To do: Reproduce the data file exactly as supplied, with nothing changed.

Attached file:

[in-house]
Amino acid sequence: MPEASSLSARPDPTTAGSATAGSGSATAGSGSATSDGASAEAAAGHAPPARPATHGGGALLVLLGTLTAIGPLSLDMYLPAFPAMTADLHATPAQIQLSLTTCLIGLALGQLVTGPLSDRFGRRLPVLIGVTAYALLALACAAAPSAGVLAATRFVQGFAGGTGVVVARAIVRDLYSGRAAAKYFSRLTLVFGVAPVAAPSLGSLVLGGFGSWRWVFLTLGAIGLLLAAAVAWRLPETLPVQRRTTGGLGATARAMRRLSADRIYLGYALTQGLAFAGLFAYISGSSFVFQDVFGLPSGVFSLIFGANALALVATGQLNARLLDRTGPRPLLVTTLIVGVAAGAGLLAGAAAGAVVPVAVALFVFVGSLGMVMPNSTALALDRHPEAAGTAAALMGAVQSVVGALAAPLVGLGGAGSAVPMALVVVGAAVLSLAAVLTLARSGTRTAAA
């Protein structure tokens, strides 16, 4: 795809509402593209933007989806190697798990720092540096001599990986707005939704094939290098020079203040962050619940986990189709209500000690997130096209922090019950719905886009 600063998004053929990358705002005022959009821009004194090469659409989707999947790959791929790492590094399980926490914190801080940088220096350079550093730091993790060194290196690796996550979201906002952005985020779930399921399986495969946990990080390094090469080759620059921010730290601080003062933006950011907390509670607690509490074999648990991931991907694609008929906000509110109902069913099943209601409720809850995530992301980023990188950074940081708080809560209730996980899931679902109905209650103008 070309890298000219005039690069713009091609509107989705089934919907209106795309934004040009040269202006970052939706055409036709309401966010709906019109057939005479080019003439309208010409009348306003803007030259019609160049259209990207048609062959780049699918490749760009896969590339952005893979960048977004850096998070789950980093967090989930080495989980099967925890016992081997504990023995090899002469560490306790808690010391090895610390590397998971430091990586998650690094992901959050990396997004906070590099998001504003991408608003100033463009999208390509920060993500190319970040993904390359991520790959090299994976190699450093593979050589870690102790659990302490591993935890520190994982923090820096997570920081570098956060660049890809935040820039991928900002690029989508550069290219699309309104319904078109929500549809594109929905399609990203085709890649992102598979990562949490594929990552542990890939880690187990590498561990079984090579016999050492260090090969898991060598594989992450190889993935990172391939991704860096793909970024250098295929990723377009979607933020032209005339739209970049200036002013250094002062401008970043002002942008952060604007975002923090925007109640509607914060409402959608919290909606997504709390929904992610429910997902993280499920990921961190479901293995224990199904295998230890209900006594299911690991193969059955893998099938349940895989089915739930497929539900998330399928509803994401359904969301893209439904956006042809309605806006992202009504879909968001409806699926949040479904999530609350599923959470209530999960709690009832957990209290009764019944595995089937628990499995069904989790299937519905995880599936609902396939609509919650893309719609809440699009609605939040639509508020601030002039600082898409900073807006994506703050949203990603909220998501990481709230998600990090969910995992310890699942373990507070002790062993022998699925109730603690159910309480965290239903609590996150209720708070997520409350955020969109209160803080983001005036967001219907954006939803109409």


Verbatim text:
[in-house]
Amino acid sequence: MPEASSLSARPDPTTAGSATAGSGSATAGSGSATSDGASAEAAAGHAPPARPATHGGGALLVLLGTLTAIGPLSLDMYLPAFPAMTADLHATPAQIQLSLTTCLIGLALGQLVTGPLSDRFGRRLPVLIGVTAYALLALACAAAPSAGVLAATRFVQGFAGGTGVVVARAIVRDLYSGRAAAKYFSRLTLVFGVAPVAAPSLGSLVLGGFGSWRWVFLTLGAIGLLLAAAVAWRLPETLPVQRRTTGGLGATARAMRRLSADRIYLGYALTQGLAFAGLFAYISGSSFVFQDVFGLPSGVFSLIFGANALALVATGQLNARLLDRTGPRPLLVTTLIVGVAAGAGLLAGAAAGAVVPVAVALFVFVGSLGMVMPNSTALALDRHPEAAGTAAALMGAVQSVVGALAAPLVGLGGAGSAVPMALVVVGAAVLSLAAVLTLARSGTRTAAA
């Protein structure tokens, strides 16, 4: 795809509402593209933007989806190697798990720092540096001599990986707005939704094939290098020079203040962050619940986990189709209500000690997130096209922090019950719905886009 600063998004053929990358705002005022959009821009004194090469659409989707999947790959791929790492590094399980926490914190801080940088220096350079550093730091993790060194290196690796996550979201906002952005985020779930399921399986495969946990990080390094090469080759620059921010730290601080003062933006950011907390509670607690509490074999648990991931991907694609008929906000509110109902069913099943209601409720809850995530992301980023990188950074940081708080809560209730996980899931679902109905209650103008 070309890298000219005039690069713009091609509107989705089934919907209106795309934004040009040269202006970052939706055409036709309401966010709906019109057939005479080019003439309208010409009348306003803007030259019609160049259209990207048609062959780049699918490749760009896969590339952005893979960048977004850096998070789950980093967090989930080495989980099967925890016992081997504990023995090899002469560490306790808690010391090895610390590397998971430091990586998650690094992901959050990396997004906070590099998001504003991408608003100033463009999208390509920060993500190319970040993904390359991520790959090299994976190699450093593979050589870690102790659990302490591993935890520190994982923090820096997570920081570098956060660049890809935040820039991928900002690029989508550069290219699309309104319904078109929500549809594109929905399609990203085709890649992102598979990562949490594929990552542990890939880690187990590498561990079984090579016999050492260090090969898991060598594989992450190889993935990172391939991704860096793909970024250098295929990723377009979607933020032209005339739209970049200036002013250094002062401008970043002002942008952060604007975002923090925007109640509607914060409402959608919290909606997504709390929904992610429910997902993280499920990921961190479901293995224990199904295998230890209900006594299911690991193969059955893998099938349940895989089915739930497929539900998330399928509803994401359904969301893209439904956006042809309605806006992202009504879909968001409806699926949040479904999530609350599923959470209530999960709690009832957990209290009764019944595995089937628990499995069904989790299937519905995880599936609902396939609509919650893309719609809440699009609605939040639509508020601030002039600082898409900073807006994506703050949203990603909220998501990481709230998600990090969910995992310890699942373990507070002790062993022998699925109730603690159910309480965290239903609590996150209720708070997520409350955020969109209160803080983001005036967001219907954006939803109409």